After rounds, I helped with a couple patients in the ER en route to Outpatient. Seems I saw mostly older patients in the OPD today - many hypertensive and diabetic patients who have been off their meds while travel restrictions have been in place (restrictions were lifted a couple weeks ago, despite probable community spread - unproven since testing hasn’t been done very much, or very well). Being my last day in clinic for a while, the Holy Spirit provided an extra measure of compassion and desire to impact lives which generated lots of preventive education and wholesome prayers.
Perhaps the most powerfully emotional farewell took place on A ward over my lunch break. I had been asked by the staff to join them for a little going away “bung” (gathering), and Rachel met me there with the kids. To my complete surprise we discovered balloons hanging from every surface and a massive cake awaiting us, while all the staff stood about with glowing faces in anticipation of my appreciation (or maybe in anticipation of delicious cake!). Along with the many patients and their parents/guardians, at least 75 people in all respectfully listened as A Ward senior nurse, our dear friend Christina, provided a heartfelt tribute to my service. I was then given the floor (a chair to stand on), and raised my voice to give thanks - only to completely choke up. I had so much to say, a heart bursting with gratitude and bittersweet farewells...and for a looooong minute, I couldn’t. MAN, the Holy Spirit can move! Well, I finally got my voice back and was able to fully express my heart, which I am leaving in part with these people and this place.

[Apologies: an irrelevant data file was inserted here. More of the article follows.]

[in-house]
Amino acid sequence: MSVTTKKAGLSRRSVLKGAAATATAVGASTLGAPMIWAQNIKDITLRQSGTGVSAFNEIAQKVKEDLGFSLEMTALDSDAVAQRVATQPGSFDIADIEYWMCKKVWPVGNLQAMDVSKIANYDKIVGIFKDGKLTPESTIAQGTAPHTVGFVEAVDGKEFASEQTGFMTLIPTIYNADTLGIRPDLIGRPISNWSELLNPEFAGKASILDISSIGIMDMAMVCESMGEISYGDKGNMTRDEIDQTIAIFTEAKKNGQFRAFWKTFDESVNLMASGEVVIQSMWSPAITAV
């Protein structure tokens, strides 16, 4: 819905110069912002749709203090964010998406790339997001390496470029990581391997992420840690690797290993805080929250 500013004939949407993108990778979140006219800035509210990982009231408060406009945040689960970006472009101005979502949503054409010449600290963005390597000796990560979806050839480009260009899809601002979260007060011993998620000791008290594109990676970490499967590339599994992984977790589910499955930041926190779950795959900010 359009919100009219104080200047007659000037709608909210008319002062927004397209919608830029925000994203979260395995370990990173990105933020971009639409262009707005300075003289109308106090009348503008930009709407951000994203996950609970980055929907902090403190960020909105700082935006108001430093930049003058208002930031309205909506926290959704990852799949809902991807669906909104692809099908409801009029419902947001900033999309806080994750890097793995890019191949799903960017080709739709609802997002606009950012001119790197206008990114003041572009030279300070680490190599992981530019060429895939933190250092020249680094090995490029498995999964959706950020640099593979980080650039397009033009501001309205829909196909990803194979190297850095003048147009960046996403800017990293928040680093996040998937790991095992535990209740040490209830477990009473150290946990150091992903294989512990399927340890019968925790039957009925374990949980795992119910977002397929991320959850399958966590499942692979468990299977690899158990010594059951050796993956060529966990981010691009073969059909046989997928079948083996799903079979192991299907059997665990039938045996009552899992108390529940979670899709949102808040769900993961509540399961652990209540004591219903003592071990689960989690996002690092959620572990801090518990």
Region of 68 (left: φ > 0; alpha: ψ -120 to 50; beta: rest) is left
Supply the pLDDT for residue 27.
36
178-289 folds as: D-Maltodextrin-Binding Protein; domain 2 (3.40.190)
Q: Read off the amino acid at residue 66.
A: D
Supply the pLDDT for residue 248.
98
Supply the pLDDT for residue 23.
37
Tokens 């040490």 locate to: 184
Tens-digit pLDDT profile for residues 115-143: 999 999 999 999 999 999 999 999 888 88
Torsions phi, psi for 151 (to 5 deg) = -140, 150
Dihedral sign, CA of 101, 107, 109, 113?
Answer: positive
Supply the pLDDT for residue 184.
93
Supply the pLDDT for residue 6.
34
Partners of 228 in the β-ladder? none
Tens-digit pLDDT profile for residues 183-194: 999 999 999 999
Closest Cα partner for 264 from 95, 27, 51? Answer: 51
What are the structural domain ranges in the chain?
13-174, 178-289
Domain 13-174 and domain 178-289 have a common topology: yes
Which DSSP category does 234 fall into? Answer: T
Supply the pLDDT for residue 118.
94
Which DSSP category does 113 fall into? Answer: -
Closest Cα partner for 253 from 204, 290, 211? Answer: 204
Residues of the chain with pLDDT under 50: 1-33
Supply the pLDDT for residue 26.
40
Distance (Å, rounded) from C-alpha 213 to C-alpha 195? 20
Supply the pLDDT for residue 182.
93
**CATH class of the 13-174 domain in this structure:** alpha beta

While home for lunch I presented a little anniversary present to Rachel, a porch swing for the house we have been staying in. It’s too bad I didn’t think of making the swing sooner as it would have been nice to enjoy it during our stay, but as with all my projects, the swing will serve the purpose of helping a future missionary feel more at home.